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From "Claus Ibsen" <>
Subject Re: Concerns about File endpoint
Date Wed, 03 Dec 2008 17:07:23 GMT

Glad I could help. The preMove command is a very good idea. Please
feel free to create a ticket about it in JIRA.

Yeah the jms-component auto deciding the javax.jms.XXX message type is
an issue I also would like to remedy for Camel 2.0.
There is a ticket about it.

However you want to only send the over the JMS and not
the actual payload of the file (kinda like sending the pointer of the
I would envision that by default would load the file
content and send that over JMS. So you want to keep it as a object and that's it.

We have a ticket for sending the exchange itself, like we have for
camel-mina: transferExchange=true. That one would resolve the issue
you have, since you are using Camel as both sender and reciever of the
JMS queues. There are some ticket in JIRA for this. Feel free to
comment and vote for them.

We might get started on them pretty soon, then you could help test it
on your system.

The idempotent repository for the file consumer can be changed to a
jpa version, or you can implement your own. The jpa will persist in a
DB and thus survive restarts. We are also planning on a file base repo
as well. In fact it's on my next todo list. Do you have any
suggestions / requirements for such a file based repo?

/Claus Ibsen
Apache Camel Committer

On Wed, Dec 3, 2008 at 4:27 PM, Christopher Hammack
<> wrote:
> Thanks for the clarification.  This does completely explain the situation,
> and applying a variant of your solution "a" seems to have things working
> much more reliably.
> However, I'd like to suggest that you add a "preMove" option as it seems to
> be pretty much a requirement for doing clustered seda-style processing from
> a file endpoint.  I suppose you could use the new noop/idempotent
> capabilities that you have added in 2.0, but it's also nice to have
> separation between files that have yet to be discovered and files that are
> in process and also I'm a little leery of keeping state information like
> that around as the file endpoint idempotent data presumably (maybe I'm
> wrong?) doesn't persist across restarts, etc.
> Also, is there a way to disable the implicit conversion of to a
> jms bytes message on JMS?  This is also not desirable in this situation.
> Putting gigabytes of byte data on jms does not work out very well.  To get
> around this we have to convert the to a String prior to putting
> it on JMS, and then convert it back to a so we can give our
> users the ability to use the camel built in transformers to transform to the
> input method of their choice (byte[], InputStream, FileReader,,
> etc.).  This works, but it kind of takes away from the "cleanliness" of the
> routes.
> Thanks for your help--we've found camel to be much superior in many ways to
> another animal-named esb product that we're attempting to migrate away from.
> Claus Ibsen-2 wrote:
>> Hi
>> #1
>> The move is executed *AFTER* the routing.
>> The idea is that you process the file while it's in the target folder
>> (where its dropped) and after processing you can move it to a backup
>> folder.
>> #2
>> Ah I speculate that the JMS consumer is faster than the file consumer
>> so when you drop a JMS message with the filename pointing at the move
>> folder then the JMS consumer in some circumstances be ahead of the
>> file consumer and trying to get the file before it's actually moved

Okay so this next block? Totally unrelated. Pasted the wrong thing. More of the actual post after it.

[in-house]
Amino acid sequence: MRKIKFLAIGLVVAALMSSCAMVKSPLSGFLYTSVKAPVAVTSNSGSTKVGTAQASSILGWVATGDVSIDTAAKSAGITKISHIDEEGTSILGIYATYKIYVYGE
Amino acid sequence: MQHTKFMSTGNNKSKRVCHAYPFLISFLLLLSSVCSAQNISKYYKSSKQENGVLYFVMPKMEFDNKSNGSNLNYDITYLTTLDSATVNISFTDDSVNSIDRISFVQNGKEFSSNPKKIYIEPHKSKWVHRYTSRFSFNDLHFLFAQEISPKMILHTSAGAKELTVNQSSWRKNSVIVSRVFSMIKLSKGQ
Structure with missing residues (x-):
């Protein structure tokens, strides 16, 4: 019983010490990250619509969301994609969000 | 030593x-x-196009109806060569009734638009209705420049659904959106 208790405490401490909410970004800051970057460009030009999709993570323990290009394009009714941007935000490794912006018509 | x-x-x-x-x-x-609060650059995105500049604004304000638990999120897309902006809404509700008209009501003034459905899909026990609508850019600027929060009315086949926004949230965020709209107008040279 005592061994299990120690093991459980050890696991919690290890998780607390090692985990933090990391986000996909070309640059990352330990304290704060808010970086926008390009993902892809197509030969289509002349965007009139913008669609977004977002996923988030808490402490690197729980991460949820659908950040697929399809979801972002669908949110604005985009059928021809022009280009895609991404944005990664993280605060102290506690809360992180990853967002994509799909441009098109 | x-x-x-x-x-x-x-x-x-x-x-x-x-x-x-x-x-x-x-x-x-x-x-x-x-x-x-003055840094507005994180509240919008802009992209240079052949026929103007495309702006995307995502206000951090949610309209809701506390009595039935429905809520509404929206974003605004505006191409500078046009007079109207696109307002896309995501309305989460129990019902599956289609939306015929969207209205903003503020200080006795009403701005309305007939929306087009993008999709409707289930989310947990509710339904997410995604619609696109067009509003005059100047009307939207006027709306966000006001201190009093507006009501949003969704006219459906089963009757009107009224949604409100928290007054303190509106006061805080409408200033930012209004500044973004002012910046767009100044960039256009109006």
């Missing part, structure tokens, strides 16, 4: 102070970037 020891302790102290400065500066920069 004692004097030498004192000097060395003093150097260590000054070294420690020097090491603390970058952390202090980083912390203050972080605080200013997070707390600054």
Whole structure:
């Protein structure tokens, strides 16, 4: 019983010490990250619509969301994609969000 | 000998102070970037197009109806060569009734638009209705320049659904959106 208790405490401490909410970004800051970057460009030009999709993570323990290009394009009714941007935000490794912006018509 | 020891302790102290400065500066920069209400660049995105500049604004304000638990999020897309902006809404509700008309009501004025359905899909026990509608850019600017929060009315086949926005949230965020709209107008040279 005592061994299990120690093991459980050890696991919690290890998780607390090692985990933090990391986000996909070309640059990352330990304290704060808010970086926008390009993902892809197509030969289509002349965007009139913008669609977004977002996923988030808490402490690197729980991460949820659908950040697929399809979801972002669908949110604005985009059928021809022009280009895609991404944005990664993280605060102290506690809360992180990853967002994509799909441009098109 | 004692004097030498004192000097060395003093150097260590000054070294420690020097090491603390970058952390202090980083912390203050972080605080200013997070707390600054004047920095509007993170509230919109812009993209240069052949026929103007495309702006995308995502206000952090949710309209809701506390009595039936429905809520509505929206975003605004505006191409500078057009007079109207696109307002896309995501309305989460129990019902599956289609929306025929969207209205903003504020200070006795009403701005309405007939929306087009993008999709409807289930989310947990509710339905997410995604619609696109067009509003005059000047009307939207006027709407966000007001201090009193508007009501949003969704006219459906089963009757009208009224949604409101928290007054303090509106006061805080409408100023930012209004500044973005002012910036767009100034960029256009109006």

>> there. Hence #1
>> You could to fix
>> =============
>> b) use camel to route and move the file using pipes and filters
>> from("file://inbox?delete=true").to("file://moved").to("jms:queue:pleasegetthefilenow");
>> Note: However this will read the file content and save it as a new
>> file, it's not a native File IO move operation
>> a) move the file yourself and then afterwards send the JMS message.
>> from("file://inbox").to("bean:myFileMover").to("jms:queue:pleasegetthefilenow");
>> Using a POJO bean you can move the file yourself using File rename.
>> /Claus Ibsen
>> Apache Camel Committer
>> Blog:
>> On Tue, Dec 2, 2008 at 11:51 PM, Christopher Hammack
>> <> wrote:
>>> In addition to the memory leak issue in Camel 1.5.0, I have a few other
>>> concerns about the file consumer endpoint--some of which could be a
>>> misunderstanding on my part:
>>> 1.  When using the default move capability (moving a file to .camel)
>>> after
>>> it has been picked up, the object refers to the path BEFORE
>>> the
>>> move, not after.  So in order to actually read the file, my processing
>>> code
>>> must have knowledge of which path the file was moved to.  Is this
>>> intentional?
>>> 2.  Occasionally, especially when the system is under considerable load,
>>> the
>>> object that I get is not available in the moved location,
>>> which
>>> generates a FileNotFoundException.  When I check that location later on,
>>> the
>>> file is in the correct location.  Looking at the code, it seems like the
>>> message should not be being propogated back to me prior to the rename
>>> occurring, but it is apparently happening.  Any thoughts?
>>> The use case for this is a very large number of small files is being
>>> dropped
>>> into a directory.  This directory is then being scanned by camel's file
>>> endpoint.  The files as they are discovered are then moved to the .camel
>>> directory, and the filename is put onto a jms endpoint.  A clustered set
>>> of
>>> camel processors then pull the filename off the endpoint and process the
>>> file, and then delete it.
>>> Any suggestions would be appreciated as right now I'm "stranding" about
>>> one
>>> out of every 1000 files because the processing checks for the file prior
>>> to
>>> the file actually being in the moved location.
>>> Thanks.
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